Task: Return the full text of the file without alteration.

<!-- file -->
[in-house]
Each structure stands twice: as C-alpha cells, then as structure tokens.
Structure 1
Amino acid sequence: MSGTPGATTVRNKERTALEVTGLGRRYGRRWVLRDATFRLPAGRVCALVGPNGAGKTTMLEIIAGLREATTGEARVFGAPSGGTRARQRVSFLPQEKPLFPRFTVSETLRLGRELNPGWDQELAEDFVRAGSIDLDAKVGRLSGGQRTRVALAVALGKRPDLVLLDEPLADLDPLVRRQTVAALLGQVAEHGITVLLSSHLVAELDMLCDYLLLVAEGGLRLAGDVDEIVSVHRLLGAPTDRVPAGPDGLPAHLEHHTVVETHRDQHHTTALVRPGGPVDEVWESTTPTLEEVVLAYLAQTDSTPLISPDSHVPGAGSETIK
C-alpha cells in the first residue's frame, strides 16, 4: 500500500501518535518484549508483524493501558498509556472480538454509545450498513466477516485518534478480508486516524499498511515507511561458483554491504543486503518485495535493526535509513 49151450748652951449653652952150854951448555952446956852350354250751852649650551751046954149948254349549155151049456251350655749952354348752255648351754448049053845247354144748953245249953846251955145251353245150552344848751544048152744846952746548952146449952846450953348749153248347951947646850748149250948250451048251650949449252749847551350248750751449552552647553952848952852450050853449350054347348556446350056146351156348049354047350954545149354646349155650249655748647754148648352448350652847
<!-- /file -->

[in-house]
Each structure stands twice: as C-alpha cells, then as structure tokens.
Structure 1
Amino acid sequence: MSGTPGATTVRNKERTALEVTGLGRRYGRRWVLRDATFRLPAGRVCALVGPNGAGKTTMLEIIAGLREATTGEARVFGAPSGGTRARQRVSFLPQEKPLFPRFTVSETLRLGRELNPGWDQELAEDFVRAGSIDLDAKVGRLSGGQRTRVALAVALGKRPDLVLLDEPLADLDPLVRRQTVAALLGQVAEHGITVLLSSHLVAELDMLCDYLLLVAEGGLRLAGDVDEIVSVHRLLGAPTDRVPAGPDGLPAHLEHHTVVETHRDQHHTTALVRPGGPVDEVWESTTPTLEEVVLAYLAQTDSTPLISPDSHVPGAGSETIK
C-alpha cells in the first residue's frame, strides 16, 4: 500500500501518535518484549508483524493501558498509556472480538454509545450498513466477516485518534478480508486516524499498511515507511561458483554491504543486503518485495535493526535509513 49151450748652951449653652952150854951448555952446956852350354250751852649650551751046954149948254349549155151049456251350655749952354348752255648351754448049053845247354144748953245249953846251955145251353245150552344848751544048152744846952746548952146449952846450953348749153248347951947646850748149250948250451048251650949449252749847551350248750751449552552647553952848952852450050853449350054347348556446350056146351156348049354047350954545149354646349155650249655748647754148648352448350652847